Stumped on what to do with stuff you can't toss in the recycling bin? Don't trash it before finding out how to Do Your Part with even the trickiest of items. Here are my "Top 5 Solutions to Your Recycling Problems."
Light bulbs: CFLs — or compact fluorescent light bulbs — should never be thrown away because they contain a small amount of mercury. There are several big companies that have convenient drop off sites and will recycle them responsibly. Lowe's, Home Depot, and Ikea stores have in-store recycling bins for unbroken CFLs and many full-service recycling centers will also accept them.
Plastic bags and baggies: The last thing you should do with plastic bags and baggies is throw them away. They take thousands of years — if not more — to break down in a landfill. Instead, reuse them first. Even the smallest plastic baggies can be rinsed out and used again. You can return most plastic shopping bags for recycling at almost all grocery stores. And get this, those stores (along with Walmart and Target) will also accept plastic sandwich bags labeled with a 4 plastic resin code, newspaper bags, and plastic wraps. Just check with your local store for details.
Batteries: Batteries should never be thrown away because of the heavy metals they contain, which can contaminate land and water. Instead, recycle those prized materials responsibly. Only a handful of curbside recycling programs will accept batteries, but there are many retailers and full-service recycling centers that will take your old batteries. Earth911.org and the Rechargeable Battery Recycling Corporation both provide online directories to help you find battery recyclers near where you live.
Tattered clothing: Most of us have given away boxes of good clothing to Goodwill or other charitable organizations. But what about old clothing or things like rags, bedding or towels, which are too worn out to be re-used? Well, Goodwill wants them, too — as long as the material is not wet or contaminated with chemicals. These items are sorted and sold for recycling or other uses such as sofa stuffing.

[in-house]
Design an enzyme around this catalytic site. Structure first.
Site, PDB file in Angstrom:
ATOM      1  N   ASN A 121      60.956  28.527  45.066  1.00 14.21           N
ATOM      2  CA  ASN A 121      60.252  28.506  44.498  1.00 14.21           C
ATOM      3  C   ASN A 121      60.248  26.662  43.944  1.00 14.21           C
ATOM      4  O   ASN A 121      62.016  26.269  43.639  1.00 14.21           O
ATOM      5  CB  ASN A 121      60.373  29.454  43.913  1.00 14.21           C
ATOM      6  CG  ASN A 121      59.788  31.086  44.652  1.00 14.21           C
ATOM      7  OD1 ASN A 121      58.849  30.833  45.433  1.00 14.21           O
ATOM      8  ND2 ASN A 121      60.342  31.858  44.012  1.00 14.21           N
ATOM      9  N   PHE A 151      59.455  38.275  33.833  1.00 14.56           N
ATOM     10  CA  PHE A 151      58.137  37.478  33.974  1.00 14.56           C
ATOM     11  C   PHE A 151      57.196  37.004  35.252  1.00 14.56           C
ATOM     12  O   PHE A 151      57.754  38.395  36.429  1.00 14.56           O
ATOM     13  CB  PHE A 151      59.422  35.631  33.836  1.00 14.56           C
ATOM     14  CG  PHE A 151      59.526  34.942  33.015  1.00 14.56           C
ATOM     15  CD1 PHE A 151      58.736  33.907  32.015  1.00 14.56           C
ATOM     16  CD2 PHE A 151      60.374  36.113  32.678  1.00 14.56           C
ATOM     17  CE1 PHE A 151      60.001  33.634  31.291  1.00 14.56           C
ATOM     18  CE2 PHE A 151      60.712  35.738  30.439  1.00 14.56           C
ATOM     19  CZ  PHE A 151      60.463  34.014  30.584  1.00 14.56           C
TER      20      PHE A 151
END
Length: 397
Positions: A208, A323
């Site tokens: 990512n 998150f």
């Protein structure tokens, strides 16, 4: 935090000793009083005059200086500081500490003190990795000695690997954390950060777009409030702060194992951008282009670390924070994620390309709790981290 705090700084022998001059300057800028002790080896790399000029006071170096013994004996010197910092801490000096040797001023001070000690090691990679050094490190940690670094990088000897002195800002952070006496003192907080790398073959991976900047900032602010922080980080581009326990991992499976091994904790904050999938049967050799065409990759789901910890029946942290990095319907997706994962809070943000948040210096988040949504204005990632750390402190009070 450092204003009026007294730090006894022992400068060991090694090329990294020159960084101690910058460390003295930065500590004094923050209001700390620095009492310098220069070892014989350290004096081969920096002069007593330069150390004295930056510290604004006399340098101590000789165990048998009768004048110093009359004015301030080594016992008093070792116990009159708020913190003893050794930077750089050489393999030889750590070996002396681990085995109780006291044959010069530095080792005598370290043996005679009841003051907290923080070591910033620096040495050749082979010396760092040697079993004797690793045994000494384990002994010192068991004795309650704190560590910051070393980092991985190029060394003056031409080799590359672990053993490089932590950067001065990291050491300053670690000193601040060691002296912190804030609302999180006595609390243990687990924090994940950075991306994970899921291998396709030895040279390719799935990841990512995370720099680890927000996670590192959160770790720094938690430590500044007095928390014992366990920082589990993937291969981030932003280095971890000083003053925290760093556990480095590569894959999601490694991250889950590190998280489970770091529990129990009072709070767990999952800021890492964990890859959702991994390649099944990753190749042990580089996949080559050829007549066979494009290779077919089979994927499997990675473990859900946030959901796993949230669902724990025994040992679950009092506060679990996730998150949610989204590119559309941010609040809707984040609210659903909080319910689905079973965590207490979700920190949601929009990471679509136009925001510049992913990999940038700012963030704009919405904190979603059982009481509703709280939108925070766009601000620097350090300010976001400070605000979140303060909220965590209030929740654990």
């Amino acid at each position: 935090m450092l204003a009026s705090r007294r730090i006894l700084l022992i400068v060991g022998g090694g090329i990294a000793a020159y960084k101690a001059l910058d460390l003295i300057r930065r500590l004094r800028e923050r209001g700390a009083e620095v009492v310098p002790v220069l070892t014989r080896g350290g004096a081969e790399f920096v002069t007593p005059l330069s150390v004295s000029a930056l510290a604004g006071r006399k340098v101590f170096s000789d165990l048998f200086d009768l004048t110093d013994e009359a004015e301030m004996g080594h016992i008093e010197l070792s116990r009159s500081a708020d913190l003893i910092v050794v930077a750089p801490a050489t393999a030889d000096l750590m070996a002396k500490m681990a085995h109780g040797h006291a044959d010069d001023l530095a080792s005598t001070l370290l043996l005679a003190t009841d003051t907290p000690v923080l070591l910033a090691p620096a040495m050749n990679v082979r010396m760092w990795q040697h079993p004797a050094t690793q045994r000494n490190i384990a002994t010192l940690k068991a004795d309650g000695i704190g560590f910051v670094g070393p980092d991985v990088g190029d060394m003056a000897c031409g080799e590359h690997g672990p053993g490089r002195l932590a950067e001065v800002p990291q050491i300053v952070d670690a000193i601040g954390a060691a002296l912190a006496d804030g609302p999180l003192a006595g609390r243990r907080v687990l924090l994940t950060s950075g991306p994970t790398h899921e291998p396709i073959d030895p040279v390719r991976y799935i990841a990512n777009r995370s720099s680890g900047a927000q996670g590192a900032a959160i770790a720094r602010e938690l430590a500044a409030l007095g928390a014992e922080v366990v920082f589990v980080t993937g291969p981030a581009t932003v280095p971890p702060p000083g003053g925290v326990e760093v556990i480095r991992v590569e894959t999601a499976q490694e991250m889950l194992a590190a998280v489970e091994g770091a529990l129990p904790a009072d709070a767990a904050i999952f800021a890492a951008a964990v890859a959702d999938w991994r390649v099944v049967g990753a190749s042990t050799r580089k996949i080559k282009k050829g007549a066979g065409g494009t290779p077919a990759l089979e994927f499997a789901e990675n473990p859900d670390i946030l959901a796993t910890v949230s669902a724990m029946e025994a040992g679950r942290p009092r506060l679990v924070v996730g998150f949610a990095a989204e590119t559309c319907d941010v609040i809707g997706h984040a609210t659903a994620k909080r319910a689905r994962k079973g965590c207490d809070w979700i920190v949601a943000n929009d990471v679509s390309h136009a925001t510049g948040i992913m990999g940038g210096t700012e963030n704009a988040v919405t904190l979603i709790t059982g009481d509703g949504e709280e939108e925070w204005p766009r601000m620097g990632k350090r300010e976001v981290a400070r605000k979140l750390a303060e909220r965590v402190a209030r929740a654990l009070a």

Ink and toner cartridges: Every year, hundreds of millions of ink and toner cartridges are used in this country, and 70 percent of those end up in our landfills. Printer cartridges are easily refilled and recycled. You can also get paid to turn in your old cartridges. You can earn anywhere from a few cents to $20 or more per cartridge. There are a number of online sources that will supply a prepaid shipping label to mail accepted cartridges in exchange for cash. Or you can turn in your used cartridges for recycling at Office Max, Staples and Office Depot and earn a few dollars in store credit.
For specific information on all these recycling solutions and more, check out DoYourPart.com/Columns. And remember, just because you have something that can't go into your recycling bin, doesn't mean it should go to in the trash. Do Your Part, and find a better solution.